Since oil prices fell in 2014, global producers have found themselves at a crossroads: should they help to balance the oil market by voluntarily limiting production, or continue to compete for market share, taking advantage of the exit of producers with high production costs? A number of countries, including both members and non-members of OPEC, have chosen the first option, and, as a result of voluntary limits on production, have succeeded in temporarily stabilizing prices. Other countries, which again include both members and non-members of OPEC, have taken advantage of the situation to expand into markets that are now less populated. Market unease is being contributed to by growing competition in the use of new production technologies and in energy consumption, which in the long term could significantly alter the energy balance and the configuration of the oil market.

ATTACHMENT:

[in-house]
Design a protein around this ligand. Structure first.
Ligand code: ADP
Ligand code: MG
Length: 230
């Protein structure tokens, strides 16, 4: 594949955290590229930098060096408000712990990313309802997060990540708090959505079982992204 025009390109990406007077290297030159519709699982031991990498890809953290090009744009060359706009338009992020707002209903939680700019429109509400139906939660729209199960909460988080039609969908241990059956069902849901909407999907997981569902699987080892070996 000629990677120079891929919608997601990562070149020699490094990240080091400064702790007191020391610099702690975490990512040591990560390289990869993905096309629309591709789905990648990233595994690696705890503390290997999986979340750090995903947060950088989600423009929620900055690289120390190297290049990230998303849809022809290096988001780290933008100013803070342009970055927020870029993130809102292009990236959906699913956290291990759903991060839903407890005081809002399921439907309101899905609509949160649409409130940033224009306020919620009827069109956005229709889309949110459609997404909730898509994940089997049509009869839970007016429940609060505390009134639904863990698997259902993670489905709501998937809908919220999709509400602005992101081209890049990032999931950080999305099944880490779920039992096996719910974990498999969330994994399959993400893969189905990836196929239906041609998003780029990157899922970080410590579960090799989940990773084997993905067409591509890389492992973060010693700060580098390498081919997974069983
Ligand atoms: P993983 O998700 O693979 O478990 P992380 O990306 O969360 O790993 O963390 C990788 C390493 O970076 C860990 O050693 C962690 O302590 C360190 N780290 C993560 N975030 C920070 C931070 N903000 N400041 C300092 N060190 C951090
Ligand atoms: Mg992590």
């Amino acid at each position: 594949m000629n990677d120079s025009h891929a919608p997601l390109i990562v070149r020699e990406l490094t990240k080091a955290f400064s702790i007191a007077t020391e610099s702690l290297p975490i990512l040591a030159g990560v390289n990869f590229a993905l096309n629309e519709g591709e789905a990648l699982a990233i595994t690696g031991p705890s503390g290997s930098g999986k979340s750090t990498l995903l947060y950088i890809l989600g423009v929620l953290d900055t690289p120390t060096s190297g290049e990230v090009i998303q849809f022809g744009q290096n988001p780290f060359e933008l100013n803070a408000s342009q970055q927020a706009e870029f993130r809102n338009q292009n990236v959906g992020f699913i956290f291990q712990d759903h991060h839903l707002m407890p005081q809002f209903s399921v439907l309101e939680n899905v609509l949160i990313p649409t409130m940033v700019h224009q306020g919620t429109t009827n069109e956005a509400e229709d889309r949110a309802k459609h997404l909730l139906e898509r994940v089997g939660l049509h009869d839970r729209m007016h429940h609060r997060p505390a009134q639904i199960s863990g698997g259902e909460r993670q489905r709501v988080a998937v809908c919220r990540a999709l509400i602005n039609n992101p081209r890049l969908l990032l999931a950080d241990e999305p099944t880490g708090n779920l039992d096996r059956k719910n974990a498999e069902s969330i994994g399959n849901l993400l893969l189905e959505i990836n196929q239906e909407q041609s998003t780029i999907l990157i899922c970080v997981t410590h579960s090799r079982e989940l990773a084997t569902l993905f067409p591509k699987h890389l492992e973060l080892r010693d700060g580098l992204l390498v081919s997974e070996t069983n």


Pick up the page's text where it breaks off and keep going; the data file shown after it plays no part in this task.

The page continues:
What are the strategic consequences of tactics chosen in the face of the oil market surplus? What influence is oil market competition having on the spread of alternative energy sources and technologies; in particular, electric vehicles? What mechanisms for regulating the oil market cartel agreements, sanctions, or international cooperation demonstrate the greatest potential? What approach should oil market participants adhere to in order to make maximum use of their existing competitive advantages in production costs, geography, or infrastructure? Which is more important in the long term the market or prices?